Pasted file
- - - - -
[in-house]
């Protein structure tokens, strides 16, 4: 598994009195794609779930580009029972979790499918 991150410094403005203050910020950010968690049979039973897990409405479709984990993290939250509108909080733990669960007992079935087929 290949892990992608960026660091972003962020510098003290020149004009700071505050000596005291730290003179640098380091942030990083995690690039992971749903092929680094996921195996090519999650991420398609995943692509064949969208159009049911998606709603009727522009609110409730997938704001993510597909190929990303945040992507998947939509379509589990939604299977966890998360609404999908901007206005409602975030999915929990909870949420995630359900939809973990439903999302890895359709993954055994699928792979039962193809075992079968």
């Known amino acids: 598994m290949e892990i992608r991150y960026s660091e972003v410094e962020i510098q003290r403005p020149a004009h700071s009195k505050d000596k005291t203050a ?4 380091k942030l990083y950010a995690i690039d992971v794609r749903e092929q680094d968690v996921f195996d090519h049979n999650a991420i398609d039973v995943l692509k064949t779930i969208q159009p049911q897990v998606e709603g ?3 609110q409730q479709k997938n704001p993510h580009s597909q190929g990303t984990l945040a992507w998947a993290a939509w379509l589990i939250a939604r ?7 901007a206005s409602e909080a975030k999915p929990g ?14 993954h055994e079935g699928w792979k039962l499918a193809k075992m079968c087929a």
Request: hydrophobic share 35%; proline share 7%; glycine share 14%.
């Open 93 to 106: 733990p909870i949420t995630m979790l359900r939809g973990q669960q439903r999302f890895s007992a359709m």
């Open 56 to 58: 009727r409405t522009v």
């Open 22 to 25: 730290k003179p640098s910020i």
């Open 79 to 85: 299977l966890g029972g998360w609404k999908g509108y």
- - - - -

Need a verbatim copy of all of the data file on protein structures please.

[in-house]
């Protein structure tokens, strides 16, 4: 598994009195794609779930580009029972979790499918 991150410094403005203050910020950010968690049979039973897990409405479709984990993290939250509108909080733990669960007992079935087929 290949892990992608960026660091972003962020510098003290020149004009700071505050000596005291730290003179640098380091942030990083995690690039992971749903092929680094996921195996090519999650991420398609995943692509064949969208159009049911998606709603009727522009609110409730997938704001993510597909190929990303945040992507998947939509379509589990939604299977966890998360609404999908901007206005409602975030999915929990909870949420995630359900939809973990439903999302890895359709993954055994699928792979039962193809075992079968």
């Known amino acids: 598994m290949e892990i992608r991150y960026s660091e972003v410094e962020i510098q003290r403005p020149a004009h700071s009195k505050d000596k005291t203050a ?4 380091k942030l990083y950010a995690i690039d992971v794609r749903e092929q680094d968690v996921f195996d090519h049979n999650a991420i398609d039973v995943l692509k064949t779930i969208q159009p049911q897990v998606e709603g ?3 609110q409730q479709k997938n704001p993510h580009s597909q190929g990303t984990l945040a992507w998947a993290a939509w379509l589990i939250a939604r ?7 901007a206005s409602e909080a975030k999915p929990g ?14 993954h055994e079935g699928w792979k039962l499918a193809k075992m079968c087929a």
Request: hydrophobic share 35%; proline share 7%; glycine share 14%.
């Open 93 to 106: 733990p909870i949420t995630m979790l359900r939809g973990q669960q439903r999302f890895s007992a359709m």
């Open 56 to 58: 009727r409405t522009v």
């Open 22 to 25: 730290k003179p640098s910020i």
């Open 79 to 85: 299977l966890g029972g998360w609404k999908g509108y």